Back to the present: the Ougrée rolling stock workshop.

After yesterday’s trip down memory lane it’s now time to write a bit about the project I’m currently working on: the Ougrée rolling stock workshop.

It would have been nice to flex some knowledge here, like build dates etc, but sadly all I know is that it is already on a 1950 aerial view of ougree, lurking in the background. It started out as a fairly simple rectangular building, about 25 m wide, 140 m in length, with 3 tracks running most of the length of it, partly fitted with inspection pits.

1950 aerial view of the ateliers centraux in ougree. Arrow marks the rolling stock workshop.

Later (some time between 1954 and 1963) the building was enlarged by adding a saw-tooth roof extension on the western side of it, resulting in the L-shape it still has today. As both parts of the building have more recent looking ceilings in the workshop area and the overhead cranes in the original part of the building were made in 1982, my guess is the whole building was modernised around that time. Below a google maps screenshot from a similar viewpoint

same place, around 2018. google maps screenshot.
a plan of the “halle a wagons” and surrounding open-air storage. (wheels, bogies and perhaps other large parts as well used to be stored outside. A narrow gauge track, marked “decauville” was built to transport these parts) This plan is dated may 1976.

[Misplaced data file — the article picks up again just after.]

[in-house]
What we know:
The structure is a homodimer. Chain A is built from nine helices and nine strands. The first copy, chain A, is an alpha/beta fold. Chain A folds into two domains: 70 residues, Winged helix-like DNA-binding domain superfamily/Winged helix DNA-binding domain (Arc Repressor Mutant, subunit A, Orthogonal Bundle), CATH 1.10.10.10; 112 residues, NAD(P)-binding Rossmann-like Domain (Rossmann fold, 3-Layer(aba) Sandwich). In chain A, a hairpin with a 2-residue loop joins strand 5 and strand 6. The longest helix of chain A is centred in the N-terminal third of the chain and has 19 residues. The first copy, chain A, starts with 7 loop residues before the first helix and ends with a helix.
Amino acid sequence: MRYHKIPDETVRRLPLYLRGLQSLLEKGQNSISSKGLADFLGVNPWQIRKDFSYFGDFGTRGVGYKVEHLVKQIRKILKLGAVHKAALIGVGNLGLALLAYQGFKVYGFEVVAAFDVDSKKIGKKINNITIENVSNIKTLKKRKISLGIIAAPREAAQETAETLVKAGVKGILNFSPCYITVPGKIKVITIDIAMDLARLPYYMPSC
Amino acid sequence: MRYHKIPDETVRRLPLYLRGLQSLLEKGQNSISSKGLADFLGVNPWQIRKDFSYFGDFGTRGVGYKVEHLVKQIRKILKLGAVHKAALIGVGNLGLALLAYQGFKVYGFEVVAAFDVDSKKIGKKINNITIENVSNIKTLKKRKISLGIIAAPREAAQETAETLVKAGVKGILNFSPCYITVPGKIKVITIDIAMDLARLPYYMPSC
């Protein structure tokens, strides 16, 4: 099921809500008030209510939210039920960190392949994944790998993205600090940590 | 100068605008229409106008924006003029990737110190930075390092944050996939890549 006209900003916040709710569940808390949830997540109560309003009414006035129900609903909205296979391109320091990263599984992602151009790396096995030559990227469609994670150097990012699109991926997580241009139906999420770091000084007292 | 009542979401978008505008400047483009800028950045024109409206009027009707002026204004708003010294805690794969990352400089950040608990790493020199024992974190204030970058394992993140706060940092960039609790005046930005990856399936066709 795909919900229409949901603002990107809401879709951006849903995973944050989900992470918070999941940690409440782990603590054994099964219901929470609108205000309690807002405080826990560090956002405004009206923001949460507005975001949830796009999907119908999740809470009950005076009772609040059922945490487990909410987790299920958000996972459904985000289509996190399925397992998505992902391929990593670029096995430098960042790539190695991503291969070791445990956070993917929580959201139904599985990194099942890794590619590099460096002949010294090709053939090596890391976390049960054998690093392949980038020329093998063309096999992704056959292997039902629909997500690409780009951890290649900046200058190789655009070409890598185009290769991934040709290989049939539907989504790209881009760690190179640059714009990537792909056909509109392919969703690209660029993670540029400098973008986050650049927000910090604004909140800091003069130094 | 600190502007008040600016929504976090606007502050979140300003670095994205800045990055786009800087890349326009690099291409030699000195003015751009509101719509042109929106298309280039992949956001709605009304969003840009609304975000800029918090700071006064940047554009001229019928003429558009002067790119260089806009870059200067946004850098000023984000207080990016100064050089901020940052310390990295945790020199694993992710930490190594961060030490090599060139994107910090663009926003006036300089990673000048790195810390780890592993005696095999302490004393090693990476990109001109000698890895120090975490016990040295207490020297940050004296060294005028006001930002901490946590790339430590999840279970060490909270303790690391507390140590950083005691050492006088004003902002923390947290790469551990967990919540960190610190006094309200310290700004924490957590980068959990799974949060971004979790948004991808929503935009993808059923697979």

As far as I know this building was originally only for wagon repairs and maintenance, but as large parts of the cockerill sambre railway network were disappearing in the 1980’s and 1990’s locomotives were also serviced here, right until the end, as evidenced by a partly overhauled GE 110 ton switcher still sitting there after the place was abandoned, looking rather smart in mittal orange livery.

Sadly I haven’t been able to take decent pictures of this building as I was there on the evening of a very dark winter day, so for my model I had to rely on other explorers. Some really nice interior shots can be found here for example:

And now on to the model…

This workshop is going to be a quite prominent feature on the layout, as it is situated on the front, cut longitudinally revealing full interior detail. Even though its a fairly straightforward building and I’ve reduced the length of the building quite a lot (it’s about 110 cm, full length it would have been over 2 m) to make sure it fits on a single baseboard to save some of the headache of having to make a split building line up nicely, it’s been a considerable amount of work so far.

Work started on the floors, as these would determine the location of the tracks and would be needed when track laying was going on on the layout. Some 1mm plasticard did the trick, with some chunkier bits underneath to make up for track height. Walls were constructed using resin castings. Some care had to be taken because these fairly big pieces tend to be slightly different in size, as the silicone moulds used tend to grow slightly after each casting as a little bit of resin penetrates the silicone, increasing the volume a tiny bit. pairing up adjacent castings is quite important.
When assembled, the walls were not glued to the floor, but fitted in place using bits of brass rod that fit in holes in the floor, so the building can be disassembled for further construction work and painting.